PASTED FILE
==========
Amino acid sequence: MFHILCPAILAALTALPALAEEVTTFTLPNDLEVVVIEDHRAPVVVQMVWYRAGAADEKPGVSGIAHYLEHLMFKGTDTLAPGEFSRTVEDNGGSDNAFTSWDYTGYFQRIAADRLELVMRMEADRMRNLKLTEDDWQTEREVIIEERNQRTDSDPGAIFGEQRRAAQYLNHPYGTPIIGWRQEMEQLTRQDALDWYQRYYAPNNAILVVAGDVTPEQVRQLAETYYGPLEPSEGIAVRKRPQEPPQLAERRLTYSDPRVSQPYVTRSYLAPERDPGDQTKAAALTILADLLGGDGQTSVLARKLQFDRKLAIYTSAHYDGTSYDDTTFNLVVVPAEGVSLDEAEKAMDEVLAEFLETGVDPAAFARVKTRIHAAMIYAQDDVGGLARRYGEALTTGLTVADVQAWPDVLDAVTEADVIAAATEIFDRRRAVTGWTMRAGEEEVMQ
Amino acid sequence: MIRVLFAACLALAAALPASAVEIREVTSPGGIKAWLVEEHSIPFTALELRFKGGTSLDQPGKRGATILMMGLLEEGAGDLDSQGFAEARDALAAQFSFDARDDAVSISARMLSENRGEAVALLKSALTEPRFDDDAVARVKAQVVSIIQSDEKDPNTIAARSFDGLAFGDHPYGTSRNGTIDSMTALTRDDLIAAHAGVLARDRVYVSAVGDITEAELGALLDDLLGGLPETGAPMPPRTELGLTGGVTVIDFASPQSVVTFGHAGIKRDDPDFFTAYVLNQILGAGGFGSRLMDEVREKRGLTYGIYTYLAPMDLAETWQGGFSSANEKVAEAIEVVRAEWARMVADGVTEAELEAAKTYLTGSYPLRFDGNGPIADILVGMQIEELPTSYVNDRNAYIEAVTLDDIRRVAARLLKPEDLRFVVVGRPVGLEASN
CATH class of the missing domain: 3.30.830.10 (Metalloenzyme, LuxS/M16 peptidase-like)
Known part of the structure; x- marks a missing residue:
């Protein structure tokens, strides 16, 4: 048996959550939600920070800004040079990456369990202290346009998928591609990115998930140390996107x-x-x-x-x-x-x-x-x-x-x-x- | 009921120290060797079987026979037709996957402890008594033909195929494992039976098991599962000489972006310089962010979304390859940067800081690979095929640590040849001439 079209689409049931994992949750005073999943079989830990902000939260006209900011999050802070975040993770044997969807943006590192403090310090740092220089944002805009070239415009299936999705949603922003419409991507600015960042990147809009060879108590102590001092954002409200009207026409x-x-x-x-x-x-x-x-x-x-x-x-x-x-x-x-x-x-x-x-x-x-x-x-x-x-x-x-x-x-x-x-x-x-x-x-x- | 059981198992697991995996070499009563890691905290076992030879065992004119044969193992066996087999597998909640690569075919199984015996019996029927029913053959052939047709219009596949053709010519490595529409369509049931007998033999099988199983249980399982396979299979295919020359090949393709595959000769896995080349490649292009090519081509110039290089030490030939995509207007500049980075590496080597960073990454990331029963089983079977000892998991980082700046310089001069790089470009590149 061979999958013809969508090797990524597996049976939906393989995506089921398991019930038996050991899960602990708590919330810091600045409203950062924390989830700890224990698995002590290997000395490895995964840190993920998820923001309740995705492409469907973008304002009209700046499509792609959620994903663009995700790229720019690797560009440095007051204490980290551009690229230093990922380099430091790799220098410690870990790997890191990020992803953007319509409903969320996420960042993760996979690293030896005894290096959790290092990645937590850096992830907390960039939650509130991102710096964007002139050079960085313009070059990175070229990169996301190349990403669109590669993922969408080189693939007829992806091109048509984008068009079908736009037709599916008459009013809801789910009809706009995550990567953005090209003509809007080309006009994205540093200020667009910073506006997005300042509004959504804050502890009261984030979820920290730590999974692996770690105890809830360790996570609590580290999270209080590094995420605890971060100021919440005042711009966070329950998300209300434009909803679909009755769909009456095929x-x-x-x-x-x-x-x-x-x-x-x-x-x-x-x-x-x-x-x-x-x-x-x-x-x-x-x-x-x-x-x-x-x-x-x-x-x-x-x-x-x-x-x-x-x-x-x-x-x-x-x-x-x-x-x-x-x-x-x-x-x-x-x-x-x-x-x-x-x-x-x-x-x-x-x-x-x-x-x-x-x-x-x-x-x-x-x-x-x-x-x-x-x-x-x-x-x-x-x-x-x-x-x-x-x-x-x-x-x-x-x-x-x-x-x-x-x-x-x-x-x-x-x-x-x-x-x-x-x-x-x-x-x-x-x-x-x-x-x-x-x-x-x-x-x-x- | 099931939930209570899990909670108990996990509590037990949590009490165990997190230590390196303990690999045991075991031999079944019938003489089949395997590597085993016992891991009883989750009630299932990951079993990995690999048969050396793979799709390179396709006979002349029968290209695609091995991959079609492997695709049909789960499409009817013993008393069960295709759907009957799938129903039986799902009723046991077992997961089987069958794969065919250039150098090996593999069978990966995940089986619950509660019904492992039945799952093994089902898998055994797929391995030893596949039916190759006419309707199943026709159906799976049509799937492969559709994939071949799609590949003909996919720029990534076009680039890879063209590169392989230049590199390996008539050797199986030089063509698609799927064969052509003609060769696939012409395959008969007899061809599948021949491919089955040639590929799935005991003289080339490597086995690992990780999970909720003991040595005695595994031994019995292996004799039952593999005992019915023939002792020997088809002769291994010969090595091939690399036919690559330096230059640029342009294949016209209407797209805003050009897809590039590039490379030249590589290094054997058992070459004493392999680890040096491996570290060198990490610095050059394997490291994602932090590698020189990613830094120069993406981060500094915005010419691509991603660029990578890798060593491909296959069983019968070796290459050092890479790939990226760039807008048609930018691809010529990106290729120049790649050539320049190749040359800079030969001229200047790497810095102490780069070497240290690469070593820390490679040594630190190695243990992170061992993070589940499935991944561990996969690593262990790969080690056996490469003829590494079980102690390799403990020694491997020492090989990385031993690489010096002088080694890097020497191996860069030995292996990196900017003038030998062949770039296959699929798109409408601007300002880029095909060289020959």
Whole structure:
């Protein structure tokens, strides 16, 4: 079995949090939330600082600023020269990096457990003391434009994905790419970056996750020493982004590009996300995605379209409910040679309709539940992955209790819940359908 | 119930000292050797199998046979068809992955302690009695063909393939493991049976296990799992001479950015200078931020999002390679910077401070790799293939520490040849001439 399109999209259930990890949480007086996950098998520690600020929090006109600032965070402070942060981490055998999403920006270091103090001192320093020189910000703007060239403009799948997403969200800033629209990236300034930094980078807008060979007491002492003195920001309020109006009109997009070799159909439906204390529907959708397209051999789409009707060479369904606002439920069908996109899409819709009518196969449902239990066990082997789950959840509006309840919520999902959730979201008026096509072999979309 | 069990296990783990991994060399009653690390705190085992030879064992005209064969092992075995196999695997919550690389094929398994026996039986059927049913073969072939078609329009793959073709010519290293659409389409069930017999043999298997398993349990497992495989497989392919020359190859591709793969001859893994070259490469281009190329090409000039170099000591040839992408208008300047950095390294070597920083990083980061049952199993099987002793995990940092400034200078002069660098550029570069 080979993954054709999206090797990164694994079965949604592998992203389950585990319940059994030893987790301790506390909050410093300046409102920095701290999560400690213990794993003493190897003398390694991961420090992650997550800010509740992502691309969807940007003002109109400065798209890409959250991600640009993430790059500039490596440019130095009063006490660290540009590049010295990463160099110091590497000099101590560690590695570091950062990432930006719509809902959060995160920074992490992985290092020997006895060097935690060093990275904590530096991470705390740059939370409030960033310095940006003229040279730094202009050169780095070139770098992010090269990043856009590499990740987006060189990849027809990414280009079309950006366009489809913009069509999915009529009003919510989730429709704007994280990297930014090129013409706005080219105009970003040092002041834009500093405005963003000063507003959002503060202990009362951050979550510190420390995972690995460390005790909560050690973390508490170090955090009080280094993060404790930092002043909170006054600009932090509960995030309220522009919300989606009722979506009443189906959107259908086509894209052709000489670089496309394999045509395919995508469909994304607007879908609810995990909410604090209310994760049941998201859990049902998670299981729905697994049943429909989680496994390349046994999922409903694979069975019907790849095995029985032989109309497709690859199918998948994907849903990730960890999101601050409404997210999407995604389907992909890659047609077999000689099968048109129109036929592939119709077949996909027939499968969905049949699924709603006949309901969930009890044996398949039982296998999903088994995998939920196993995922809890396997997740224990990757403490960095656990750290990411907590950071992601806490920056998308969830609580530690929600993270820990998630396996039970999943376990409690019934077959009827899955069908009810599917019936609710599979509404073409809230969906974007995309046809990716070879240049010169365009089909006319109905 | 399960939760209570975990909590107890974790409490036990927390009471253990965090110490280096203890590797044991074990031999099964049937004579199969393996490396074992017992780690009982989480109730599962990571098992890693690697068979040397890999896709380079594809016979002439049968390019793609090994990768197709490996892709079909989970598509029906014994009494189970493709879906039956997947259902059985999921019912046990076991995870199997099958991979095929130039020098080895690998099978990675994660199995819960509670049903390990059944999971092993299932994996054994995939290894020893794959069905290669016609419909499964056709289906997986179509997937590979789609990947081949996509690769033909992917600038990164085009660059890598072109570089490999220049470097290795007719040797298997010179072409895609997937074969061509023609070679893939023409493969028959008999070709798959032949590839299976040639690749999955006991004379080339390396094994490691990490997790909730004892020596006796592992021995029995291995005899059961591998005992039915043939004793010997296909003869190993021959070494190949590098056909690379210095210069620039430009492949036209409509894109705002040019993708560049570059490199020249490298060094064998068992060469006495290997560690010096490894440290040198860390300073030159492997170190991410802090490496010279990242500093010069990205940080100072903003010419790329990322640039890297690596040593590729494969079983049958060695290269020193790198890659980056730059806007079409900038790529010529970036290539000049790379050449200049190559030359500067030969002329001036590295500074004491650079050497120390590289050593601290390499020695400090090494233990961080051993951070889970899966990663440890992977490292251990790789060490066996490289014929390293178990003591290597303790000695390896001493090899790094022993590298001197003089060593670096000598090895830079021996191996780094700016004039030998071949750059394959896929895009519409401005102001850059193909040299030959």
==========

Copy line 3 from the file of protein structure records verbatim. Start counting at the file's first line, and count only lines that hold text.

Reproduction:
CATH class of the missing domain: 3.30.830.10 (Metalloenzyme, LuxS/M16 peptidase-like)